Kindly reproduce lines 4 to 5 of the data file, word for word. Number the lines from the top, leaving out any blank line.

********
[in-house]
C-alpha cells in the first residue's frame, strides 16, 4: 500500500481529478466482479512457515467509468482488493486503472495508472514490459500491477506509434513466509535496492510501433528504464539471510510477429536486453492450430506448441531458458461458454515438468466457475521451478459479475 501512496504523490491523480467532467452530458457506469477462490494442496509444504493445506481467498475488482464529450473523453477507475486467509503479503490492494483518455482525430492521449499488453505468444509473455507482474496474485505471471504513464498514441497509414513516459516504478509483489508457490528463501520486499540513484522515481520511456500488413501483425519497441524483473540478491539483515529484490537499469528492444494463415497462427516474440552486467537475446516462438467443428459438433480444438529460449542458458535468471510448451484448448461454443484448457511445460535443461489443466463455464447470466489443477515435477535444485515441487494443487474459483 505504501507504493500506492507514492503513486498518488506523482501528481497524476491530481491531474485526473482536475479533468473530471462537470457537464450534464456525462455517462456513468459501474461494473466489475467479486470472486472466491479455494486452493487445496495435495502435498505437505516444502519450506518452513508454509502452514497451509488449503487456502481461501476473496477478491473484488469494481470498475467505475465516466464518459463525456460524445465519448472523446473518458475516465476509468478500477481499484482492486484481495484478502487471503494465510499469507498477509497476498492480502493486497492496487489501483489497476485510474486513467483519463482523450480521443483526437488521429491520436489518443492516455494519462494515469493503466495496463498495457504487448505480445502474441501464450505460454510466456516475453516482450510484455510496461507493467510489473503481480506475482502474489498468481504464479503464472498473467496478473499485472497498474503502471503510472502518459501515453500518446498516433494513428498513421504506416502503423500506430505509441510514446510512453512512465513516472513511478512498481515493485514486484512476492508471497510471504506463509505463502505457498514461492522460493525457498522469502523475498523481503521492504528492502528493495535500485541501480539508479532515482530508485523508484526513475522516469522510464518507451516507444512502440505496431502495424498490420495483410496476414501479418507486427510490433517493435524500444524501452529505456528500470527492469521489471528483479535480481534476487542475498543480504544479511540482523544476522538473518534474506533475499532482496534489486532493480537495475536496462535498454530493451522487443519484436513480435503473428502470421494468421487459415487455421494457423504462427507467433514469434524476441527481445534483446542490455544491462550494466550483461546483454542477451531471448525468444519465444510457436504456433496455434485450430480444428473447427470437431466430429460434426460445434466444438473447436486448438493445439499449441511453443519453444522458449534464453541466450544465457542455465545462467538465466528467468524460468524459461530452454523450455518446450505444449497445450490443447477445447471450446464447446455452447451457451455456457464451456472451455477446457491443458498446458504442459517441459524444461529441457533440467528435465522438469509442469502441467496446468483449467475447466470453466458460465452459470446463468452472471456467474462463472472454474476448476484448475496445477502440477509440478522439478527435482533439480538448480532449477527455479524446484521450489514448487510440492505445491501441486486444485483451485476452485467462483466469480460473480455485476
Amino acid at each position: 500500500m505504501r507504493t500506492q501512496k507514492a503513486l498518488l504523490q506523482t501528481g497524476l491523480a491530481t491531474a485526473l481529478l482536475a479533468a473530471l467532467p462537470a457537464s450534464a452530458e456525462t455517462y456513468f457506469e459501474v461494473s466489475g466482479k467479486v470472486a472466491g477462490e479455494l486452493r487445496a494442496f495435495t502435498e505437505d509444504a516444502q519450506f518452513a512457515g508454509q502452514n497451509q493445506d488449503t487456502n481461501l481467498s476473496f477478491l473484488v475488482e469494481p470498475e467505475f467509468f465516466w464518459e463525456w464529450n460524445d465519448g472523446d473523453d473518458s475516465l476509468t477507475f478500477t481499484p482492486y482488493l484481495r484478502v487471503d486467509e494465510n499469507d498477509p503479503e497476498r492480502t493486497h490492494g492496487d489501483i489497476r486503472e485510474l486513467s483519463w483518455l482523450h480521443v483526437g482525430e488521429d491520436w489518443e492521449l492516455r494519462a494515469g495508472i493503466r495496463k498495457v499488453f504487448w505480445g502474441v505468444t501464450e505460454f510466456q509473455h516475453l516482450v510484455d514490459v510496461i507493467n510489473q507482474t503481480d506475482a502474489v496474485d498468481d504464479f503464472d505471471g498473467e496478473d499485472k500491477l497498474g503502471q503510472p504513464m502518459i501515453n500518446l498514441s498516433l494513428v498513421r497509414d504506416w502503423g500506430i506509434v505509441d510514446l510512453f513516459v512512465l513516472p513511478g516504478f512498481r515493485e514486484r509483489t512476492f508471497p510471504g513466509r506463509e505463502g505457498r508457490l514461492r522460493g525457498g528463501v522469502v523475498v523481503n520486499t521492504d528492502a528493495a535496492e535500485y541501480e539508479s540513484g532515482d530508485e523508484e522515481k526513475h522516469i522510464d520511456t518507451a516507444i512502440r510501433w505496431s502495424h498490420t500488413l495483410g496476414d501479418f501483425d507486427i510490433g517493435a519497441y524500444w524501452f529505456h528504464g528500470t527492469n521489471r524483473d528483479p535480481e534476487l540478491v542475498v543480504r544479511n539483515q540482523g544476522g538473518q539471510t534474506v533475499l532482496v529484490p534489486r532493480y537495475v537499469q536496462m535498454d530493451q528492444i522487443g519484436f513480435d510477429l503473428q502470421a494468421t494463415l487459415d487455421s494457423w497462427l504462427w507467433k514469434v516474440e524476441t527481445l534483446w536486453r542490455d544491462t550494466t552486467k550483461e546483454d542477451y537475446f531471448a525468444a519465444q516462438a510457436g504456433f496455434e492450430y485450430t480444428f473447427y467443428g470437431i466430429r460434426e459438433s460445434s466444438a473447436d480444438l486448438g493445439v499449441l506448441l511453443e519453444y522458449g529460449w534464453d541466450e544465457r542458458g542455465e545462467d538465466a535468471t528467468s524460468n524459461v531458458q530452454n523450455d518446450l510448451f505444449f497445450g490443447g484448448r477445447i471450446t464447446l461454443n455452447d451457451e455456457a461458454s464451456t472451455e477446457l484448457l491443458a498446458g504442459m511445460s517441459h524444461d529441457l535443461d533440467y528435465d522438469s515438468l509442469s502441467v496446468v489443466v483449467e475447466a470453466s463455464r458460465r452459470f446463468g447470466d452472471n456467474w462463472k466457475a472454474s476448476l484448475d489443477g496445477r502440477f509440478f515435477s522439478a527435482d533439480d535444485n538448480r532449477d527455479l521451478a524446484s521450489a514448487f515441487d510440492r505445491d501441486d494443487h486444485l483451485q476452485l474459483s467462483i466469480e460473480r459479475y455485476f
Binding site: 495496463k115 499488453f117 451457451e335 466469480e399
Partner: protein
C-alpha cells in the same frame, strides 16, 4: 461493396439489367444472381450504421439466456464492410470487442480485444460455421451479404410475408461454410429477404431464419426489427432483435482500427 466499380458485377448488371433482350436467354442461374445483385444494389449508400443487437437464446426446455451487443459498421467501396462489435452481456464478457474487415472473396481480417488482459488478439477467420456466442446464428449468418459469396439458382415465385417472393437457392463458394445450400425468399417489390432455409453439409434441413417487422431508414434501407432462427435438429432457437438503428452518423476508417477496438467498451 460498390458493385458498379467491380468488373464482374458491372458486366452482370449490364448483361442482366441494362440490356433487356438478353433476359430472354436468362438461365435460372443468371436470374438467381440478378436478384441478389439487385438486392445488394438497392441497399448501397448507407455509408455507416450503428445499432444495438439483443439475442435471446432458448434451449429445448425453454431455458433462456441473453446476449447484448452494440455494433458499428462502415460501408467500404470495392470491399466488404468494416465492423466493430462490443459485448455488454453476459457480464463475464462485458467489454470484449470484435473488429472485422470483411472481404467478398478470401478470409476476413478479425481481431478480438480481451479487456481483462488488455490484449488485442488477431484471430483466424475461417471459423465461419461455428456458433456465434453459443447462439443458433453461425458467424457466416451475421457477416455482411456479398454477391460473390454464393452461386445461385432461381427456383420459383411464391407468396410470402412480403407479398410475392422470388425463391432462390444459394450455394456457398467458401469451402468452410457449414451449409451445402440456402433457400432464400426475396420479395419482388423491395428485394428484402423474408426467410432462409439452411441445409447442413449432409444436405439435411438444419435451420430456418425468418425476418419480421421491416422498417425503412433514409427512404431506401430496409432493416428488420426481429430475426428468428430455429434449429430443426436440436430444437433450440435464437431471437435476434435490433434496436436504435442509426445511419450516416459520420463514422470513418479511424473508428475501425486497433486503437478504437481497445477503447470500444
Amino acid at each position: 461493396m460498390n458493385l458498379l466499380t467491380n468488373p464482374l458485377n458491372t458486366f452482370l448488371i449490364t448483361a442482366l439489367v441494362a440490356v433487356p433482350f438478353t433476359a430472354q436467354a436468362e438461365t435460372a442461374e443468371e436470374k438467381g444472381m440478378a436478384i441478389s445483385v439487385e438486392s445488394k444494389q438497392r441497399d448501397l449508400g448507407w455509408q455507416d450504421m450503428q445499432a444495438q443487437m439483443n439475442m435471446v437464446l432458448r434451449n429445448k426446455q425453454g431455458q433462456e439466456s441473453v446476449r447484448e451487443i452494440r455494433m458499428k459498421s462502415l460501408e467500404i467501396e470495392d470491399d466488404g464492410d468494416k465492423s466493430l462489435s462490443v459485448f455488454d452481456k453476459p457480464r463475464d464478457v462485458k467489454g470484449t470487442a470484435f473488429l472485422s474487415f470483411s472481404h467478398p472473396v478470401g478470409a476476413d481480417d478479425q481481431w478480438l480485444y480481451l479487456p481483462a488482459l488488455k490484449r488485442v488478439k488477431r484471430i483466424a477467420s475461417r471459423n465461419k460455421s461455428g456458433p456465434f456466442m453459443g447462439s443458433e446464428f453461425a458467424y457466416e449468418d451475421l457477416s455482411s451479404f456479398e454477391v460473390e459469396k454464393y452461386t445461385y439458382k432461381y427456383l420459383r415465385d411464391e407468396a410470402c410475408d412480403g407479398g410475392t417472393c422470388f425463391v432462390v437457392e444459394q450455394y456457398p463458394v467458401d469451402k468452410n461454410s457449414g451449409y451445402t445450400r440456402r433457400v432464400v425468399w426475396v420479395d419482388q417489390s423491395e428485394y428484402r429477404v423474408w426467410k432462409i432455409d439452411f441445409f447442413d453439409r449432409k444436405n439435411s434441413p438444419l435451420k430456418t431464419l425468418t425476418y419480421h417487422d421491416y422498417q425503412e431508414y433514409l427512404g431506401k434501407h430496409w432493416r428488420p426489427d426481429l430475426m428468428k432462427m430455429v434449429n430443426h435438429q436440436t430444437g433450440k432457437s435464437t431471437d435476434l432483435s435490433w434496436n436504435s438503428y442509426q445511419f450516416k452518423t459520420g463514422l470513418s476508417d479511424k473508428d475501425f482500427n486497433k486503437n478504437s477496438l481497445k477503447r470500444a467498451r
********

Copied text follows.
Binding site: 495496463k115 499488453f117 451457451e335 466469480e399
Partner: protein